A LOCAL councillor has called for Scotland’s First Minister to visit Stonehaven and face worried residents after the Scottish Government refused a cash plea to fund the stabilisation of the Bervie Braes.
Stonehaven and Lower Deeside Councillor Wendy Agnew has said she is “disgusted” after it was revealed that the request for extra funding had been rejected earlier this week.
Aberdeenshire Council had been seeking funds from Holyrood after the estimated bill for the remedial works soared to £5.5 million - £2.5 million more than the figure estimated by Transport Scotland.
The local authority has committed £1 million to the project, while the government has agreed to put up £2 million, but the tenders for the contract came in much higher.
Cllr Agnew said that the Scottish Government had been warned that Tranport Scotland’s estimation was too ambitious. She said: “The council told John Swinney that it would cost closer to £5.5 million, and he said that Transport Scotland thought it would be cheaper. We knew it would cost more than £3 million. If Transport Scotland think it will cost that, let them do it.
“It is very remiss of the Scottish Government to ignore the problems that the people of Stonehaven have. They have cut the council grant too, so where do they think we will find the money?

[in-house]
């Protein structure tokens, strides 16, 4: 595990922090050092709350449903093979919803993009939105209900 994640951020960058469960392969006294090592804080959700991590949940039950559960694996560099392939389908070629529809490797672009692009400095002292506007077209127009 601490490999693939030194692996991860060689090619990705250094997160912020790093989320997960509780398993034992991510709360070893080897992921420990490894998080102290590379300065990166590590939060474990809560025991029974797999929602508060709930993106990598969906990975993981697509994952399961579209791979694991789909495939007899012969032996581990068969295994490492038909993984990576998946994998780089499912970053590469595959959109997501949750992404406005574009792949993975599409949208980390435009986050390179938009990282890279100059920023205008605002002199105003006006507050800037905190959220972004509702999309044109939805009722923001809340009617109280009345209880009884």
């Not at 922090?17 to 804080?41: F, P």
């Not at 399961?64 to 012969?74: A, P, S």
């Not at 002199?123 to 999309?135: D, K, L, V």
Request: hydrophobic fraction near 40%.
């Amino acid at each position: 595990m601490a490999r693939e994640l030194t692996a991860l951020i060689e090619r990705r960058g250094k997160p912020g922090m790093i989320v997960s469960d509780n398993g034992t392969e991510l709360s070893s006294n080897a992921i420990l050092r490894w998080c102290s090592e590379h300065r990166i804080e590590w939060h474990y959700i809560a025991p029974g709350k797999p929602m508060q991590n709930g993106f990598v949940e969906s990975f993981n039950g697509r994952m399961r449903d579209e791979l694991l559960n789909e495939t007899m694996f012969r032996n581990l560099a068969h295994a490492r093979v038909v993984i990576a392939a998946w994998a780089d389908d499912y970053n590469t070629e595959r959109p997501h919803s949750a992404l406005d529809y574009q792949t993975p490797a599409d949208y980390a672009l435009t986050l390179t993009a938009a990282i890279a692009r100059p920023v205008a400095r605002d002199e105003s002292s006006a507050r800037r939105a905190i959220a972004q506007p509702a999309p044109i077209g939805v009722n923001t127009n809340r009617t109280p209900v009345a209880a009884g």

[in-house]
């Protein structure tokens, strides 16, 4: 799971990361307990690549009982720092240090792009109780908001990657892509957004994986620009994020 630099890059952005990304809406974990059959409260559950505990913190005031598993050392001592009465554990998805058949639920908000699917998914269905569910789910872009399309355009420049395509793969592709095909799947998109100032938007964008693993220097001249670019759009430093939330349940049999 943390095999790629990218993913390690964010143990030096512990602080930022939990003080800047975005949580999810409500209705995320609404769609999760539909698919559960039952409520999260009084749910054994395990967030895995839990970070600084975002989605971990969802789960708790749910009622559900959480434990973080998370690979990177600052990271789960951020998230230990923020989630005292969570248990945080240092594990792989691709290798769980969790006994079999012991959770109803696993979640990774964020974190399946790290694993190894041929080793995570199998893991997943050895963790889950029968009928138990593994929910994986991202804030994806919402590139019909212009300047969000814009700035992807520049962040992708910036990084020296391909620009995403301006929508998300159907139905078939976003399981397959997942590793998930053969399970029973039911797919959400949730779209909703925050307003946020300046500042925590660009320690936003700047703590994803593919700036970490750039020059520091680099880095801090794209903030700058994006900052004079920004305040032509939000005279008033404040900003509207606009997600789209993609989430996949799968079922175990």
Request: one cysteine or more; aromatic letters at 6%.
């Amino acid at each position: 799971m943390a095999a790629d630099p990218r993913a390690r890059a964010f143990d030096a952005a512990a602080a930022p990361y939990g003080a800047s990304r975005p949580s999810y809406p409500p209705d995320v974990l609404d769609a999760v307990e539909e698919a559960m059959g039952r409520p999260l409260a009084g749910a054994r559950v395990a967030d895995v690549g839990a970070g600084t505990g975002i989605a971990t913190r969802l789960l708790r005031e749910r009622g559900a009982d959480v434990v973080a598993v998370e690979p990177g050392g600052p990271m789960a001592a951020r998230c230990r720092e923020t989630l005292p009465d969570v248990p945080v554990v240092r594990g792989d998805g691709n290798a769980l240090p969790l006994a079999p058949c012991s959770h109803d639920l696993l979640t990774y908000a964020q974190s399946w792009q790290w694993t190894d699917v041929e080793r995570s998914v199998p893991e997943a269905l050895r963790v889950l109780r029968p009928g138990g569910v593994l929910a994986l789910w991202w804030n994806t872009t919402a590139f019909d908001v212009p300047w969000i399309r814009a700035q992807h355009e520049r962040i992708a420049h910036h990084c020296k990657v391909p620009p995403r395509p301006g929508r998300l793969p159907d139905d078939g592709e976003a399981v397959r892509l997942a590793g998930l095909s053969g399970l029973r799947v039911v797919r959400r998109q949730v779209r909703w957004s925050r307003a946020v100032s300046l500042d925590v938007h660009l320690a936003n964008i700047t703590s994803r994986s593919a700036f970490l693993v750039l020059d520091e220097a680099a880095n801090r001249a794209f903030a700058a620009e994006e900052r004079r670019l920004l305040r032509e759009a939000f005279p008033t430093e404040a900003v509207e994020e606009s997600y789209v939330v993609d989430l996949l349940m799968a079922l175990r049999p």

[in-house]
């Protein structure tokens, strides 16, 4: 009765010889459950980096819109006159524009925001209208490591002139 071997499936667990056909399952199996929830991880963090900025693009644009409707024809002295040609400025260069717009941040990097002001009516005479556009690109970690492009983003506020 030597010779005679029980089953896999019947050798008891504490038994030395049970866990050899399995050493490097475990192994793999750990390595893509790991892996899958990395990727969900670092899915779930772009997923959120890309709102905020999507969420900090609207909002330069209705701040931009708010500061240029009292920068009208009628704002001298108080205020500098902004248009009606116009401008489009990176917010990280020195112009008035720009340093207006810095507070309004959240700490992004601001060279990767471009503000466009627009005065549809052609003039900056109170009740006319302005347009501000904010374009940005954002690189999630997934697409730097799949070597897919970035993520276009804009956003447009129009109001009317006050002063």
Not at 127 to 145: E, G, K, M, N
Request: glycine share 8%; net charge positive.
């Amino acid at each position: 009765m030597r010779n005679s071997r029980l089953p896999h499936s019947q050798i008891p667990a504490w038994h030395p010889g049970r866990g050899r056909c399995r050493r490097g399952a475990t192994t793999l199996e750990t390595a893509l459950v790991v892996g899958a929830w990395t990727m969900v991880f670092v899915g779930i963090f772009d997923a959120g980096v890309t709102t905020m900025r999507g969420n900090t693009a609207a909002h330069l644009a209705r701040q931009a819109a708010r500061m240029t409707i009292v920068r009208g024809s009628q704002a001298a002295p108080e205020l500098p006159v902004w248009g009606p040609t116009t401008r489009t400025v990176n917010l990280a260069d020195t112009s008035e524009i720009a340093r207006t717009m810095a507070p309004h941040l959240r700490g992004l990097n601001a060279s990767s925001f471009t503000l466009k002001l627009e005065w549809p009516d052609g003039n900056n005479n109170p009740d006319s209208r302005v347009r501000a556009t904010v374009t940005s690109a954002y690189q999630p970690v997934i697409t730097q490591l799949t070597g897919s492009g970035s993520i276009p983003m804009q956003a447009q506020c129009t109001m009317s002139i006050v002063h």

“I think that John Swinney and Alex Salmond should come up to Stonehaven and exlain their decision to the people. I would love to see them try.
“What happens if we have another landslip and it’s a much worse one? People’s lives and properties are at risk.”
The announcement could mean that the extent of the repair work may have to be scaled back.
A council spokeswoman said: “Aberdeenshire Council has been advised that the government is unable to provide additional funding over their initial £2 million contribution to help meet the costs of slope stabilisation works at Bervie Braes.
“While this is disappointing news, council officials are arranging to meet engineers from Transport Scotland at the earliest opportunity to discuss options for the project.”
A spokeswoman for Transport Scotland said: “While Transport Scotland engineering experts commented on this work to stabilise the slopes at Bervie Braes, it was ultimately taken forward by Aberdeenshire Council employing a specification and cost estimate determined by the Council’s consultants.
“The Scottish Government’s contribution of £2 million to assist with engineering works necessary was a one-off special contribution, in a tight financial climate, with any shortfall made up by Aberdeenshire Council.”
Heavy rain caused landslips at the braes in February of last year, forcing hundreds of residents living beneath the slopes to be evacuated.